After a continuous six week yoga program results showed a significant improvement in pulmonary functions of an individual. The beneficial effects of different pranayama are well reported and has sound scientific basis. In normal breathing ventilation is greater at the base of the lungs than in apex of the lungs. This decreases the diffusion capacity of lungs. During Pranayama the ventilation increases in all zones of the lungs this increases the diffusion capacity of gases. Mandanmohan et al. (2003) observed increased respiratory pressures in young adults as gauged by the maximum expiratory pressure test after a six months yoga training program . Pulmonary functions are studied by recording vital capacity, forced vital capacity, forced expiratory volume-1, maximum voluntary ventilation, and peak expiratory flow rate. The values are compared with values we obtained before practicing yoga. Vital capacity values in Group I3.3885, and Group II - 4.0692. The ‘P’ values are less than 0.05 which indicates significance. Forced vital capacity Values in group I – 3.3685, group II – 3.9425, Peak expiratory flow rate values in group I – 7.117, group II – 8.0175. The absolute volume of forced vital capacity is important because it is an index of the state of elastic properties of the respiratory apparatus, whereas rate at which FEV1 is expelled form the lungs is predominantly a reflection of the flow resistive properties. The most frequent one being that expired in the first second (FEV1) predominantly reflects resistance to the air flow in airways that are greater than 2mm in diameter. Yadav and Das (2001) on 60 healthy females demonstrated a significant improvement in FVC and peak expiratory flow rate - 2 - over a period of 12 weeks . The peak expiratory flow rate is generally considered as a sensitive indicator of changes in elastic recoil pressure or of the resistance of small airways. PEFR is subject of wide variability and is effort dependent. Maximum voluntary ventilation is an overall test of the respiratory apparatus measuring the status of respiratory muscles. During practice of forced breathing lungs and chest were inflated and deflated to the fullest possible extent and muscles worked to their maximum capacity. It is suggested that the practice of forced breathing without breath holding phase, also can strengthen the respiratory muscles and increase the elastic properties of lungs and chest and there by improve some of the ventilatory functions of the lungs. Breathing is the only autonomic function and is the key in bringing the sympathetic and the parasympathetic nervous system into harmony . Breath is the only function through which we can influence the involuntary nervous system, i.e. we can establish rhythms of breathing with our voluntary nerves and muscles. . This result suggests that normal males on average have a larger more muscular thoracic cavity enabling them to force more air out of the lungs resulting in higher respiratory performance. Thus this study shows a significant improvement in pulmonary function in subjects practicing Pranayama.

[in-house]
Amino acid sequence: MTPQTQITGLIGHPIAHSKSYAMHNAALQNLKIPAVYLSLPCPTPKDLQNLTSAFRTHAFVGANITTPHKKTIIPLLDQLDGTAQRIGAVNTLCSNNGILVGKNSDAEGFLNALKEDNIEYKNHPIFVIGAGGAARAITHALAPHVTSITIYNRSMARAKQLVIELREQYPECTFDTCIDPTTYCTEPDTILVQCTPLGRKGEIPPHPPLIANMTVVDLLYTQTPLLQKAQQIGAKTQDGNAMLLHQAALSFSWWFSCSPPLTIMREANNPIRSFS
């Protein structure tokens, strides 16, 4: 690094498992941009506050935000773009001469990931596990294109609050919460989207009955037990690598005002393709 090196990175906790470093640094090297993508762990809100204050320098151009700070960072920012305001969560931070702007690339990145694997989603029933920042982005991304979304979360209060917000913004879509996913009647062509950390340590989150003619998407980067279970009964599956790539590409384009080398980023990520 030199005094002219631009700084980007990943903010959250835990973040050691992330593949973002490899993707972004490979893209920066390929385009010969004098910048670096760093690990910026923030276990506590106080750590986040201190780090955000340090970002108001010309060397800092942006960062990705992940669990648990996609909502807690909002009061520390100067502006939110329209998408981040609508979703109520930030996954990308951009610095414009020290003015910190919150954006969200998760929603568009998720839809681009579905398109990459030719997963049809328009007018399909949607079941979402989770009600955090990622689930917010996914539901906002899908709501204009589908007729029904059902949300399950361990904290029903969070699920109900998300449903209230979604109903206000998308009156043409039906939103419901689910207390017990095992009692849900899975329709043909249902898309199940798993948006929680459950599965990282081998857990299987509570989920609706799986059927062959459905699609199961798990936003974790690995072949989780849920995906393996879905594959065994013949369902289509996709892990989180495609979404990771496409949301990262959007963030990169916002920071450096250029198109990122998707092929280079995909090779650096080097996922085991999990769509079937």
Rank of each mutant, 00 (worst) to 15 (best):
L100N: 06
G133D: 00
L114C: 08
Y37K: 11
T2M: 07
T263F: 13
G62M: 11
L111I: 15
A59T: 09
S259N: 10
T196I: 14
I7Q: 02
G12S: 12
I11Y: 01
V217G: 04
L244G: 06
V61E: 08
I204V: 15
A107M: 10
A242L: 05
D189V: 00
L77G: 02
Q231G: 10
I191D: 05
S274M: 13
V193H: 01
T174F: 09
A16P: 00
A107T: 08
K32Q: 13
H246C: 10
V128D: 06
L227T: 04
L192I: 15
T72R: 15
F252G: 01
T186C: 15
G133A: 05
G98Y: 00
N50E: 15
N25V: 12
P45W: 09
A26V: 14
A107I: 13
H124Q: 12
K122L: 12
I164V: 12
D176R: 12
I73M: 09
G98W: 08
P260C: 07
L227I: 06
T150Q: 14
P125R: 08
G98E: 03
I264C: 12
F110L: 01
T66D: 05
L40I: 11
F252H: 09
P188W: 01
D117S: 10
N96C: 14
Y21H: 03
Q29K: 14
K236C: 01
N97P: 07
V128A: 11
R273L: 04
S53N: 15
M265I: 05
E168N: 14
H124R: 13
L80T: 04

Present study shows a significant improvement in pulmonary function in individuals practicing Pranayama. This can be attributed to the decreased sympathetic activity and improved parasympathetic tone. Better ventilation all over the lung during slow and deep breathing also contributes to improvement in pulmonary function. Thus, pranayama can be useful in both healthy subjects and patients with respiratory diseases, to improve respiratory function. It can be used as an adjuvant to management of respiratory diseases.
I sincerely thank the yoga participants for their persistence and dedication, the yoga instructor for his discipline and knowledge of the practice of yoga, the Dean and faculty, Department of Physiology, Meenakshi Medical College, Enathur, Kanchipuram, Thamilnadu for the fast program for making this research possible, and our HOD, Dr. Chandrashekar for his motivation and expertise to complete this research.